Some physical exam issues of concern are those patients with significant obesity; short neck; limited neck extension; decreased hyoid-mental distance (<3cm); neck mass; small mouth opening (<3cm); protruding maxillary incisors; macroglossia; tonsillar hypertrophy; and non-visible uvula, among others. Many of these physical attributes may indicate that it would be difficult to secure the airway should the patient suffer an airway obstruction.
Pre-procedure laboratory testing should be individualised to the patient. For young, healthy patients, all that may be needed is a pregnancy test in women. In older patients, consideration should be given to obtaining a recent haematocrit, ECG, BUN, and/or blood glucose.
All patients receiving moderate sedation should follow the ASA Pre-Procedure Fasting Guidelines. For healthy adults without impaired gastric motility, this means a minimum of two hours of fasting following consumption of clear liquids and eight hours of fasting following consumption of a full meal including protein and fat.
Sedation and analgesia
After the patient is evaluated and determined to be a candidate for moderate sedation and consent is obtained, the next step is to perform the sedation and analgesia. Monitors that may be used include electrocardiography, pulse oximetry, and a devise to measure blood pressure. Observational aspects of monitoring include level of consciousness and respiratory rate. Additional monitors to consider are an end-tidal CO2 monitor (helps in the assessment of ventilation) or a processed EEG monitor that aids in measuring the depth of anaesthesia. All vital signs should be recorded at specified intervals. Supplemental oxygen may be administered through a nasal cannula or mask as needed. Once a steady state is achieved, the individual who is performing the moderate sedation may assist the physician doing the procedure with short, interruptible tasks. If the patient slips into a state of deep sedation, the individual giving the sedatives and analgesics should give their undivided attention to the patient and attempt to bring them to a lighter level of sedation/analgesia.
The medications for moderate sedation are relatively few, but practitioners administering them need to be familiar with their pharmacologic profile. Medications should be administered in small, incremental doses through an intravenous line. The primary sedative used today is midazolam (Versed), though diazepam (Valium) is also a potential choice. The use of propofol, a powerful sedative hypnotic used most commonly for induction of general anaesthesia, is controversial in settings outside of the operating room or intensive care setting. The narcotic used most frequently is fentanyl, although morphine, meperidine, or hydromorphone hydrochloride (Dilaudid)? may be better choices in situations requiring post-procedure analgesia. Though they should be rarely necessary, two reversal agents should be immediately available. The reversal agent for benzodiazepines such as midazolam is flumazenil and the reversal agent for narcotics is naloxone.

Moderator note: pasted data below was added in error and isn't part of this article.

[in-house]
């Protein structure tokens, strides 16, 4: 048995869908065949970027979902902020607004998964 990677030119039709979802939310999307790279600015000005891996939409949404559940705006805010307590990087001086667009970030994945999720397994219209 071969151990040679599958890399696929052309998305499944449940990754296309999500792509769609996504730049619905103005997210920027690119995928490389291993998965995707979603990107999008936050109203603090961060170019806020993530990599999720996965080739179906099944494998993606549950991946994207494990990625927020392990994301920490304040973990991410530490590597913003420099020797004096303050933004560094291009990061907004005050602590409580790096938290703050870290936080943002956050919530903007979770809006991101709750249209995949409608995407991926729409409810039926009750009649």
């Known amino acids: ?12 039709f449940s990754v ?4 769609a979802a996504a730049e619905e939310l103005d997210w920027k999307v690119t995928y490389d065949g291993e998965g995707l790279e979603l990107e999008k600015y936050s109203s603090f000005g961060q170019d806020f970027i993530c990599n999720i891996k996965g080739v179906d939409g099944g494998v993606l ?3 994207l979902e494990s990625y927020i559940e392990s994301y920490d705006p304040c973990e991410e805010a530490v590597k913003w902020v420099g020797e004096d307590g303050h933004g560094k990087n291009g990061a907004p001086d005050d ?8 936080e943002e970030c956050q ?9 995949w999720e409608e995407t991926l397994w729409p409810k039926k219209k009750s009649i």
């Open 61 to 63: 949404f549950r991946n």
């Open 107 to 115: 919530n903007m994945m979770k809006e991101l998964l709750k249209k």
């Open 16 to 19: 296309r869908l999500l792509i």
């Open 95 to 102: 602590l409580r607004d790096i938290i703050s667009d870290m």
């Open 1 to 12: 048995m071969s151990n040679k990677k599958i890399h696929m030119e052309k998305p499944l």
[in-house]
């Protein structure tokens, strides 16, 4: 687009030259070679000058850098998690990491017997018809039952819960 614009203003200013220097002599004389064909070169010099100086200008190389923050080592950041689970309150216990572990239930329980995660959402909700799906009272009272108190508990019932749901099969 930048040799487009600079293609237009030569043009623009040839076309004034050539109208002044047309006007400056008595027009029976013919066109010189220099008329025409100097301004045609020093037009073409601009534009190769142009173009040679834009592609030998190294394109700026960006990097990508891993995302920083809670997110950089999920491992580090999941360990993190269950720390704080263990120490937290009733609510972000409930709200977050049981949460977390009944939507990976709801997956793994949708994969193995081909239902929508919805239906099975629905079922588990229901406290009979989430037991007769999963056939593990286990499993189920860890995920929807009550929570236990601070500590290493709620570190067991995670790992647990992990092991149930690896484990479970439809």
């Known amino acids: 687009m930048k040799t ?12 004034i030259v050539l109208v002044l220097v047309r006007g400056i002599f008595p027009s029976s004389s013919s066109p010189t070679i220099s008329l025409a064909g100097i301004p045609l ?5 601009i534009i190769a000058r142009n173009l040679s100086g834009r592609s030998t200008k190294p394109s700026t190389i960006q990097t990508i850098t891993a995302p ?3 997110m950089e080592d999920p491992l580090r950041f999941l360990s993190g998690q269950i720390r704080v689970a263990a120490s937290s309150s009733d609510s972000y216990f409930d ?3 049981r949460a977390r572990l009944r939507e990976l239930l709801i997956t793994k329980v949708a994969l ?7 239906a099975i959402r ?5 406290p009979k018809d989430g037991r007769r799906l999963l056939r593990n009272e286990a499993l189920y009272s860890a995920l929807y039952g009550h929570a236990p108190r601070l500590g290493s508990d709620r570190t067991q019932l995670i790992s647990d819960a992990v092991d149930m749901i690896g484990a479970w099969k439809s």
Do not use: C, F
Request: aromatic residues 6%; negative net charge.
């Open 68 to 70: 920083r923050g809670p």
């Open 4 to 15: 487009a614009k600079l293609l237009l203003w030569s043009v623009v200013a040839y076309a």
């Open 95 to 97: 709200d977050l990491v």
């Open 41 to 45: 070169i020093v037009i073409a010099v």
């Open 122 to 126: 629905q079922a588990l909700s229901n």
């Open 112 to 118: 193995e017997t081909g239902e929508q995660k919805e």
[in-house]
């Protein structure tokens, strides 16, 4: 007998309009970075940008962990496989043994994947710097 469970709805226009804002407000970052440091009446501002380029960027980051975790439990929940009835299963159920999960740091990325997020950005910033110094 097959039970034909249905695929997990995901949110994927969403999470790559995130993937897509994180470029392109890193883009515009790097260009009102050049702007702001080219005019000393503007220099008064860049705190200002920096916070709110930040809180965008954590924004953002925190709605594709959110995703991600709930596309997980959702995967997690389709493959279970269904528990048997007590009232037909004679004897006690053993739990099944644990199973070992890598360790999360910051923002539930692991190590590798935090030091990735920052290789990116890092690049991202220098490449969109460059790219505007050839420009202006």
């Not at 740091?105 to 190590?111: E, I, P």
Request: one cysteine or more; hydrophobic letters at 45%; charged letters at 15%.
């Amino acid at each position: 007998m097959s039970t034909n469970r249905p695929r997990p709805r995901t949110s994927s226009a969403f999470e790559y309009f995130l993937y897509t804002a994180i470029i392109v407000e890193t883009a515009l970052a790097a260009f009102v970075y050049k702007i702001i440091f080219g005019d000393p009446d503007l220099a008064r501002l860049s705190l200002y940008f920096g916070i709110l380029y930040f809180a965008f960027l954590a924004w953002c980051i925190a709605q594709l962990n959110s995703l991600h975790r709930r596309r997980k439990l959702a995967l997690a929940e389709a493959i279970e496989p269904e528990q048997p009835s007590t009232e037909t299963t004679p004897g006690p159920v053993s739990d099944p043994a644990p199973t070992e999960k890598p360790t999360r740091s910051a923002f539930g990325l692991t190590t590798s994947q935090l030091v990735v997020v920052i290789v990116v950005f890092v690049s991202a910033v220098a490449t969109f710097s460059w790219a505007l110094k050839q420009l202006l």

All settings where moderate sedation is administered should be adequately prepared for a respiratory or cardiac arrest. This includes not only the necessary equipment but also a mechanism for obtaining extra help to manage an arrest.
After the procedure, the patient should be transferred to an appropriate recovery area and monitored until they meet the discharge criteria established by the institution. They should be discharged from the hospital in the care of a responsible adult with instructions and a telephone number to call for emergencies.
The risks of sedation/analgesia may be increased by patient- and procedure- related factors. Uncooperative patients may require sedation to the point of general anaesthesia to remain still for a procedure for which others may need minimal or no sedation. There are extremely invasive procedures that even the most cooperative patient may be unable to tolerate with only sedation and analgesia. When the need for general anaesthesia is anticipated or becomes obvious during a procedure, it is prudent to enlist the assistance of an anaesthesiologist or nurse anaesthetist who is trained to care for patients who are deeply sedated or under general anaesthesia.
Due to staffing issues, it is rare that hospitals will have dedicated anaesthesiologists in the interventional radiology suite. If an anaesthesiologist is needed, the scheduled case will usually need to be arranged around the availability of that physician. Most anaesthesiologists prefer the productivity they can achieve in an operating room setting where cases are closely scheduled with minimal turnover times. If a similar arrangement could be accomplished in an interventional radiology suite, the attractiveness of giving anaesthesia in that setting would increase dramatically.